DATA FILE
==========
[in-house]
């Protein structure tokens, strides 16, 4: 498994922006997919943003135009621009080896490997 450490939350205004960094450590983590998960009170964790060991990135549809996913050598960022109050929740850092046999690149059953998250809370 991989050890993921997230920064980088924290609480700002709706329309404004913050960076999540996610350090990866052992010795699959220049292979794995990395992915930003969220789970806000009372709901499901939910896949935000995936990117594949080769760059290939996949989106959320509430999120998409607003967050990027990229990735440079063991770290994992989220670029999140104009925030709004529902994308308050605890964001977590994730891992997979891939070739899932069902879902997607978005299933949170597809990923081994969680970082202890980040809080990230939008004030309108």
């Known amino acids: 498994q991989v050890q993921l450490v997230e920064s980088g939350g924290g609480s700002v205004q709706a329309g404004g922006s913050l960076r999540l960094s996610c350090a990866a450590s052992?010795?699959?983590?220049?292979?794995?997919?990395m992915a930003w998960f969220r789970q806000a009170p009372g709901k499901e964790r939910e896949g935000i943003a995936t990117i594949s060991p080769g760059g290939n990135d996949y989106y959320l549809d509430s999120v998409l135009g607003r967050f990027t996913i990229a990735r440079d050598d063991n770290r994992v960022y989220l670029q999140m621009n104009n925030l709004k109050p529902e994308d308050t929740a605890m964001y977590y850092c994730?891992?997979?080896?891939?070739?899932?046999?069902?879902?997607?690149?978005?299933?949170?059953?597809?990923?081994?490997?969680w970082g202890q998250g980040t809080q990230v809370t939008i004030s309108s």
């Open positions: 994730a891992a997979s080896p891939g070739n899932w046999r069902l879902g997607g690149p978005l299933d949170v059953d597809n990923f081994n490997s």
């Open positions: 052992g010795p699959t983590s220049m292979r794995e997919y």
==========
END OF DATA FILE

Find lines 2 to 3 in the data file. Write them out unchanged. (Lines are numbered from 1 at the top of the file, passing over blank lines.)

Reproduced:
């Protein structure tokens, strides 16, 4: 498994922006997919943003135009621009080896490997 450490939350205004960094450590983590998960009170964790060991990135549809996913050598960022109050929740850092046999690149059953998250809370 991989050890993921997230920064980088924290609480700002709706329309404004913050960076999540996610350090990866052992010795699959220049292979794995990395992915930003969220789970806000009372709901499901939910896949935000995936990117594949080769760059290939996949989106959320509430999120998409607003967050990027990229990735440079063991770290994992989220670029999140104009925030709004529902994308308050605890964001977590994730891992997979891939070739899932069902879902997607978005299933949170597809990923081994969680970082202890980040809080990230939008004030309108």
């Known amino acids: 498994q991989v050890q993921l450490v997230e920064s980088g939350g924290g609480s700002v205004q709706a329309g404004g922006s913050l960076r999540l960094s996610c350090a990866a450590s052992?010795?699959?983590?220049?292979?794995?997919?990395m992915a930003w998960f969220r789970q806000a009170p009372g709901k499901e964790r939910e896949g935000i943003a995936t990117i594949s060991p080769g760059g290939n990135d996949y989106y959320l549809d509430s999120v998409l135009g607003r967050f990027t996913i990229a990735r440079d050598d063991n770290r994992v960022y989220l670029q999140m621009n104009n925030l709004k109050p529902e994308d308050t929740a605890m964001y977590y850092c994730?891992?997979?080896?891939?070739?899932?046999?069902?879902?997607?690149?978005?299933?949170?059953?597809?990923?081994?490997?969680w970082g202890q998250g980040t809080q990230v809370t939008i004030s309108s």